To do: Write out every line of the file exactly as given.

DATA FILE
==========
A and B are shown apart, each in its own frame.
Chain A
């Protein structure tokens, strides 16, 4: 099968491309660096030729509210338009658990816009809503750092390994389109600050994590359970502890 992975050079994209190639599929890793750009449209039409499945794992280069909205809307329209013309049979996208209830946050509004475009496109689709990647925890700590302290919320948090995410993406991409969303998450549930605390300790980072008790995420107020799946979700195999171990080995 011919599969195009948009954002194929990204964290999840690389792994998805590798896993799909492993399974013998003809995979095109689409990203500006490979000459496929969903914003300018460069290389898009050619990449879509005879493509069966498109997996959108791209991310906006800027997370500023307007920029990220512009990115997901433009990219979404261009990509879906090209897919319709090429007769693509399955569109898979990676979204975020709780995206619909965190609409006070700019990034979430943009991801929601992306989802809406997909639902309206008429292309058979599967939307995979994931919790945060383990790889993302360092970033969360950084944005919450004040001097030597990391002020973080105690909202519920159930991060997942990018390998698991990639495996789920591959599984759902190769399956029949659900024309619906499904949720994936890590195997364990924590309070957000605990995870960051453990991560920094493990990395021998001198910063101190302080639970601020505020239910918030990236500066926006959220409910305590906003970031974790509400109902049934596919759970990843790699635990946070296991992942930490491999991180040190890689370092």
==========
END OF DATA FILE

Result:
A and B are shown apart, each in its own frame.
Chain A
């Protein structure tokens, strides 16, 4: 099968491309660096030729509210338009658990816009809503750092390994389109600050994590359970502890 992975050079994209190639599929890793750009449209039409499945794992280069909205809307329209013309049979996208209830946050509004475009496109689709990647925890700590302290919320948090995410993406991409969303998450549930605390300790980072008790995420107020799946979700195999171990080995 011919599969195009948009954002194929990204964290999840690389792994998805590798896993799909492993399974013998003809995979095109689409990203500006490979000459496929969903914003300018460069290389898009050619990449879509005879493509069966498109997996959108791209991310906006800027997370500023307007920029990220512009990115997901433009990219979404261009990509879906090209897919319709090429007769693509399955569109898979990676979204975020709780995206619909965190609409006070700019990034979430943009991801929601992306989802809406997909639902309206008429292309058979599967939307995979994931919790945060383990790889993302360092970033969360950084944005919450004040001097030597990391002020973080105690909202519920159930991060997942990018390998698991990639495996789920591959599984759902190769399956029949659900024309619906499904949720994936890590195997364990924590309070957000605990995870960051453990991560920094493990990395021998001198910063101190302080639970601020505020239910918030990236500066926006959220409910305590906003970031974790509400109902049934596919759970990843790699635990946070296991992942930490491999991180040190890689370092």